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This is not a question about an impact hammer.

Does it help to hit a bolt with a regular steel hammer, before even attempting to remove it?

I saw this done in the following video:

https://youtu.be/-DSuc2a_Y_M?t=1946

(should start at 32:26)

I'm aware of using heat and penetrating oil as well-known tricks that should help. My question is, is there any merit to this particular technique, the hammer?

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    I'm not sure there is any definitive answer to this. I suppose there are some scenarios where it might help and others where it will do no good. I really can't think of much that might go wrong as long as you don't overdo it and damage the threads or breaks something. – jwh20 Apr 5 at 3:48
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    The theory is the vibration caused by the hammer blow helps “break” the connection between the threads. – Solar Mike Apr 5 at 5:46
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    help to release the bolt or help to relieve your frustrations ? – Alaska Man Apr 5 at 17:41
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Yep, do it all the time before breaking out the hot wrench, use a punch the diameter of the bolt head if you have one.

Never had an issue with aluminum threads either, don't get carried away with the hammer blows on aluminum and you will be safe.

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In my experience hitting a stuck bolt with a hammer can sometimes help free it, but it depends on whether it is the bolt head or the threads that are seized. If the threads are seized it doesn't seem to help much - but it usually doesn't hurt to try and you never know, if the bolt head is frozen on then hammering it can often work. I've found that the best way to do it is to hammer at a 90 degree angle to the bolt head, and work your way around it.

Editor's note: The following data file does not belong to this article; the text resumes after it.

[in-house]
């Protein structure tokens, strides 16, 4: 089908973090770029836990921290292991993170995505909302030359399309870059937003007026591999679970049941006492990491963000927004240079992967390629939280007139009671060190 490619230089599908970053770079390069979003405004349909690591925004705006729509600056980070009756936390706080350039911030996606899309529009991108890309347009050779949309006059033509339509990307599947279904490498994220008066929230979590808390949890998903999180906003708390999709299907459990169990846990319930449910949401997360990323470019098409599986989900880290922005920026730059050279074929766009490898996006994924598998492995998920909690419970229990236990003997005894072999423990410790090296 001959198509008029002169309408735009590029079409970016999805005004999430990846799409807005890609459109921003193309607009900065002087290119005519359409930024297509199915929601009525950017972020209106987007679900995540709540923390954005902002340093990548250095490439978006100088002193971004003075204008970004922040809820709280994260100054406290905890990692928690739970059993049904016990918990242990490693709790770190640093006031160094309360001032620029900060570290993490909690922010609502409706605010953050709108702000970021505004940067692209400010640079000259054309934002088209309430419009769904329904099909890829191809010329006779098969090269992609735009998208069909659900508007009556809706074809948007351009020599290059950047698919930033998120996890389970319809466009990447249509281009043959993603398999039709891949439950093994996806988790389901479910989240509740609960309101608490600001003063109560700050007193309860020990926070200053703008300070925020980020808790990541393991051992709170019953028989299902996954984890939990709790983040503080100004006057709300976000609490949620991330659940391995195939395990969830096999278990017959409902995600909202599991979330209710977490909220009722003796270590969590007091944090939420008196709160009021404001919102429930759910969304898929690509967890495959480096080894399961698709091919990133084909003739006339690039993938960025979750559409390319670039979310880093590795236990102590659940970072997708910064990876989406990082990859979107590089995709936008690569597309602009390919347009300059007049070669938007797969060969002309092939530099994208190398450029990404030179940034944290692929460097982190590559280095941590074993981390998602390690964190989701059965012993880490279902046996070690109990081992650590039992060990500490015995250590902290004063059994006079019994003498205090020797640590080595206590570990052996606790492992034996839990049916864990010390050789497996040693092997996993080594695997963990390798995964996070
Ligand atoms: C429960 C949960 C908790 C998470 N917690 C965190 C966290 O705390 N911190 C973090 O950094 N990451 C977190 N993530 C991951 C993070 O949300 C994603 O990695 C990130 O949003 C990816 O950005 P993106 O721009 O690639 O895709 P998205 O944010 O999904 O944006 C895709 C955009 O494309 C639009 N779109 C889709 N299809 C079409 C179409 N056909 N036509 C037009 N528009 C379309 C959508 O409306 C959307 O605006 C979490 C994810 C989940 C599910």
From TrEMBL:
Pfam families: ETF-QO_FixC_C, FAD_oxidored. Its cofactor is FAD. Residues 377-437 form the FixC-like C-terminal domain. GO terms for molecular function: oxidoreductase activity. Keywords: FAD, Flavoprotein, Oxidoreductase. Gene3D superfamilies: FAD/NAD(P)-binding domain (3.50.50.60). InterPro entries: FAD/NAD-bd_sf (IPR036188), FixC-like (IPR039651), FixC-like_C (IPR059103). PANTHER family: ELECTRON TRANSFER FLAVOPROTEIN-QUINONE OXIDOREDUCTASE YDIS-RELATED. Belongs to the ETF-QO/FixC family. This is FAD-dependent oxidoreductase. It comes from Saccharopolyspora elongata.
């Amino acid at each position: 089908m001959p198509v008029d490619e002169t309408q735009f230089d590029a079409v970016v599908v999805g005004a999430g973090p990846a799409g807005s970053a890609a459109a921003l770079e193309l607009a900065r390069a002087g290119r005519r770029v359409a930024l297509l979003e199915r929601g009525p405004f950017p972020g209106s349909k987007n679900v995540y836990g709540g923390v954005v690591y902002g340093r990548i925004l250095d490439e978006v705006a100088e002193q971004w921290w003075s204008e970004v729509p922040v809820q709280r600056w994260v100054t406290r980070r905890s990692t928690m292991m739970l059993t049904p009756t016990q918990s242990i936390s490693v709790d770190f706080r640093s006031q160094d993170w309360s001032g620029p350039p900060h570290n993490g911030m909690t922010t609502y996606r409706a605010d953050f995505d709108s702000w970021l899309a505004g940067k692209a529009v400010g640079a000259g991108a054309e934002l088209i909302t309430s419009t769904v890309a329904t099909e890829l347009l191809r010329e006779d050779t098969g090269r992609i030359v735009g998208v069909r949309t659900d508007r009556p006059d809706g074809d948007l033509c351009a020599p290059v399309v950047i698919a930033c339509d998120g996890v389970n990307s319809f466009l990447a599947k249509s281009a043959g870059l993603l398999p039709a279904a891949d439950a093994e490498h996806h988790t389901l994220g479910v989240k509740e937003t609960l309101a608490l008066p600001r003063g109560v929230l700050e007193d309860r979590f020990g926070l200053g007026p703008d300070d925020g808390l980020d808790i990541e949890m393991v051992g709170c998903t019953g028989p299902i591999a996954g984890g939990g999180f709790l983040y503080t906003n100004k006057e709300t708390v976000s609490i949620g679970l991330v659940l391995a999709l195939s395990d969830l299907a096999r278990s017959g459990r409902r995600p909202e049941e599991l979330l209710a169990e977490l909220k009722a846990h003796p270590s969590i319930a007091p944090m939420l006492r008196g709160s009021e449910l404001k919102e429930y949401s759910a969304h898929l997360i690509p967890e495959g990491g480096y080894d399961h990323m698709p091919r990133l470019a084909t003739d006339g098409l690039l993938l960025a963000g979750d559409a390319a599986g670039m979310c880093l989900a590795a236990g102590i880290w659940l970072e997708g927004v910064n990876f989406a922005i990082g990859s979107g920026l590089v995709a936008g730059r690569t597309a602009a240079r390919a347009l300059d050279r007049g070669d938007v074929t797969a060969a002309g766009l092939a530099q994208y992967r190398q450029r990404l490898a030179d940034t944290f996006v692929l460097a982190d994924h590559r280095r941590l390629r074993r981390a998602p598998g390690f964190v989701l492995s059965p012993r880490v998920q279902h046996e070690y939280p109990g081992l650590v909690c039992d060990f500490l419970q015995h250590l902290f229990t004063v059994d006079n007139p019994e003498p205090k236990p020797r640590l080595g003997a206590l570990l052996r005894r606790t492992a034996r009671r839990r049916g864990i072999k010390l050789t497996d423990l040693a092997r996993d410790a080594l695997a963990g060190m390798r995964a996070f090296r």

If the head and the threads are frozen on breaking the head free can allow penetrating fluid in and give you a better chance of breaking the threads. Worst case is hammering doesn't work but makes you feel better ;)

So give it a shot as long as the component isn't fragile.

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This is not something I would be doing or suggest to other to do. There are two major reasons why:

  1. If the bolts go into an aluminum thread, the shock of the hammer blow could very well bust the threads loose, causing you to pull the threads out with the bolt, stipping the hole. Even with cast iron you run this risk, just not as big. If, for some reason, the bolt just happens to be loose in the first place and you hit it with a hammer, that increases the odds of this happening. The minute amount of space provided between the bolt and the threads allows movement, which improves the odds.
  2. If you just try to remove the bolts, I would bet they would come out easily in the first place without having to beat on them. In the YouTube video case, they are only torqued to ~7.3 lb-ft ... that's not a lot of torque (in fact, hardly any torque at all).

This wouldn't work at all for a bolt/nut combination at all.

Would I never use this? I can't say that. However, it would be a last ditch effort to try and free a bolt. For me using an impact gun for removing fasteners would be far more common. That's just me, though.

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  • Just one question: where do you think the idea for a hammer gun ie percussive blows came from? – Solar Mike Apr 5 at 14:50
  • @SolarMike - While it might have, an impact gun's blows promote the twisting force, not a dead blow force a hammer would when struck directly on the bolt head. Much safer for the threads, wouldn't you say? – Pᴀᴜʟsᴛᴇʀ2 Apr 5 at 17:00
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Hitting a bolt with a hammer works great. I use it all the time with great success. I can think of only once when it did not work and I had to bring out the heat. I have never compromised the bolt or threads using this method. Although sometimes a bolt is in a tight spot and does not lend itself to using this method. Go for it and good luck!

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